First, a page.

Create a Kubernetes secret named foo.bar by using the certificate and private key. Reference this secret when you create the Ingress service.

    root@master # kubectl create secret tls foo.bar --key tls.key --cert tls.crt
  2. Create a safe Ingress service.
    root@master # cat <<EOF | kubectl create -f - 
    apiVersion: extensions/v1beta1
    kind: Ingress
    metadata:
      name: tls-fanout
    spec:
      tls:
      - hosts:
        - foo.bar.com
        secretName: foo.bar
      rules:
      - host: foo.bar.com
        http:
          paths:
          - path: /foo
            backend:
              serviceName: http-svc1
              servicePort: 80
          - path: /bar
            backend:
              serviceName: http-svc2
              servicePort: 80
    EOF
    root@master # kubectl get ing
    NAME HOSTS ADDRESS PORTS AGE
    tls-fanout * 101.37.192.211 80 11s
  3. Follow the notes in Simple fanout routing based on domain names to configure the hosts file or set the domain name to access the TLS service.

    You can access the http-svc1 service by using http://foo.bar.com/foo and access the http-svc2 service by using http://foo.bar.com/bar.

    You can also access the HTTPS service by using HTTP. By default, Ingress redirects HTTP access configured with HTTPS to the HTTPS address. Therefore, you are automatically redirected to https://foo.bar.com/foo after accessing http://foo.bar.com/foo.

Deploy Ingress in Kubernetes dashboard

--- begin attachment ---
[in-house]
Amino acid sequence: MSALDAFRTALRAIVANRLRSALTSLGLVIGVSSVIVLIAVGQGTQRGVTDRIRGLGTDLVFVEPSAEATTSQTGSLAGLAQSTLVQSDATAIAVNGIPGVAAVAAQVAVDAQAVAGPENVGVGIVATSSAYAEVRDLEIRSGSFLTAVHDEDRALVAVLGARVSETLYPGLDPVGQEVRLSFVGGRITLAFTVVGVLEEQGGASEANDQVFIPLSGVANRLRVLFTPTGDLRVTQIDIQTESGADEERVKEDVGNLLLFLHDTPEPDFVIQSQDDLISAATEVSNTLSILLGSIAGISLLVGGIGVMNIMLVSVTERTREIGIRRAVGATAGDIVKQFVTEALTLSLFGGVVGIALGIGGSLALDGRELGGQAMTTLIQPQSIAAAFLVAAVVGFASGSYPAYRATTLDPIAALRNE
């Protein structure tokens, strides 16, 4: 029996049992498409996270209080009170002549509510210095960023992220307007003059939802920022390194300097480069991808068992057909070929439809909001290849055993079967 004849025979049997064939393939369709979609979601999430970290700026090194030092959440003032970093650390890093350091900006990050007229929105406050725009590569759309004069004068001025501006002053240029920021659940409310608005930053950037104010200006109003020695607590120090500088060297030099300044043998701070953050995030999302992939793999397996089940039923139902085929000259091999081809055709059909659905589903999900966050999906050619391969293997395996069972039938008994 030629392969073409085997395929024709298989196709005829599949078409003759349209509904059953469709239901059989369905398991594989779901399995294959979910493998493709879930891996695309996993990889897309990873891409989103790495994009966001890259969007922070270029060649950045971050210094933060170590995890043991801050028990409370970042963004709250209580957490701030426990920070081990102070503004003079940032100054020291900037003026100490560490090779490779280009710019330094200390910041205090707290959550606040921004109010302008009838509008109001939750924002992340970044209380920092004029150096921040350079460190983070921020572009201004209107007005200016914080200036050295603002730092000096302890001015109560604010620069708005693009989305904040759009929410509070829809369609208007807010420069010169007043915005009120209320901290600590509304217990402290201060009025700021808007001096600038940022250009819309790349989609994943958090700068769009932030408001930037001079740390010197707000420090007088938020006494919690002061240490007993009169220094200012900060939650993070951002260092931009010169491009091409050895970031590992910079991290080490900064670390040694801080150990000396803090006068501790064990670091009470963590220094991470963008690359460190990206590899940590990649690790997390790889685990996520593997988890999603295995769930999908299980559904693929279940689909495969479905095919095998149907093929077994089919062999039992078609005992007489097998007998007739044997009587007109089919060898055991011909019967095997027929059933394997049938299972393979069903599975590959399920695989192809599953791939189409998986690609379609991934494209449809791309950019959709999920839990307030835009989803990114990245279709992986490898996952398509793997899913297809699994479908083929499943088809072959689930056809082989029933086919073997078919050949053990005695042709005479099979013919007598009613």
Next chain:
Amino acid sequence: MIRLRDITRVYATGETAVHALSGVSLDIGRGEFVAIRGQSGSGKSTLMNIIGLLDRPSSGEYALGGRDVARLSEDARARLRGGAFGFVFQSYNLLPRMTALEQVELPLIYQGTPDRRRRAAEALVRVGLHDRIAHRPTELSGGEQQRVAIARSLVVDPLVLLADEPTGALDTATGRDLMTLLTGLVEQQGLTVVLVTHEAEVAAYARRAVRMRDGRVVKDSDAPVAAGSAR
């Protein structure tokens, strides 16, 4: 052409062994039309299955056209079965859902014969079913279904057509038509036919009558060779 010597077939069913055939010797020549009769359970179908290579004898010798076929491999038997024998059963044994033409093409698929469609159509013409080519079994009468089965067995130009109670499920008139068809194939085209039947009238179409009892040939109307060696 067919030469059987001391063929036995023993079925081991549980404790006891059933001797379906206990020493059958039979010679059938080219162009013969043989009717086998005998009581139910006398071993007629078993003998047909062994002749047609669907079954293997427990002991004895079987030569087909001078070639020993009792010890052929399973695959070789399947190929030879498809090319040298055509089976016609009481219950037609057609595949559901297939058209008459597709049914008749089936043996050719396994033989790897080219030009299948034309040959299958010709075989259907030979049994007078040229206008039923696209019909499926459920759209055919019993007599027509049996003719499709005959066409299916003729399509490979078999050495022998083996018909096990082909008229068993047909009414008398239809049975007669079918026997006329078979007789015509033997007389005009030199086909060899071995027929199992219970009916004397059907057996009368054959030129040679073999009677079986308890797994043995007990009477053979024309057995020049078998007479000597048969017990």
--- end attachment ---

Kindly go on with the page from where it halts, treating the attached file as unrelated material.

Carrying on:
1. Save the following yml codes to the nginx-ingress.yml file.
    apiVersion: extensions/v1beta1
    kind: Ingress
    metadata:
      name: simple
    spec:
      rules:
      - http:
          paths:
          - path: /svc
            backend:
              serviceName: http-svc
              servicePort: 80
  2. Log on to the Container Service console. Under Kubernetes, click Clusters in the left-side navigation pane. Click Dashboard at the right of the cluster to enter the Kubernetes dashboard.
  3. Click CREATE in the upper-right corner to create an application.


  4. Click the CREATE FROM FILE tab. Select the nginx-ingress.yml file you saved.
  5. Click UPLOAD.

    Then, an Ingress Layer-7 proxy route is created on the http-svc service.

  6. Click default under Namespace in the left-side navigation pane. Click Ingresses in the left-side navigation pane.
    You can view the created Ingress resource and its access address http://114.55.207.8/svc.


  7. Enter the address in the browser to access the created http-svc service.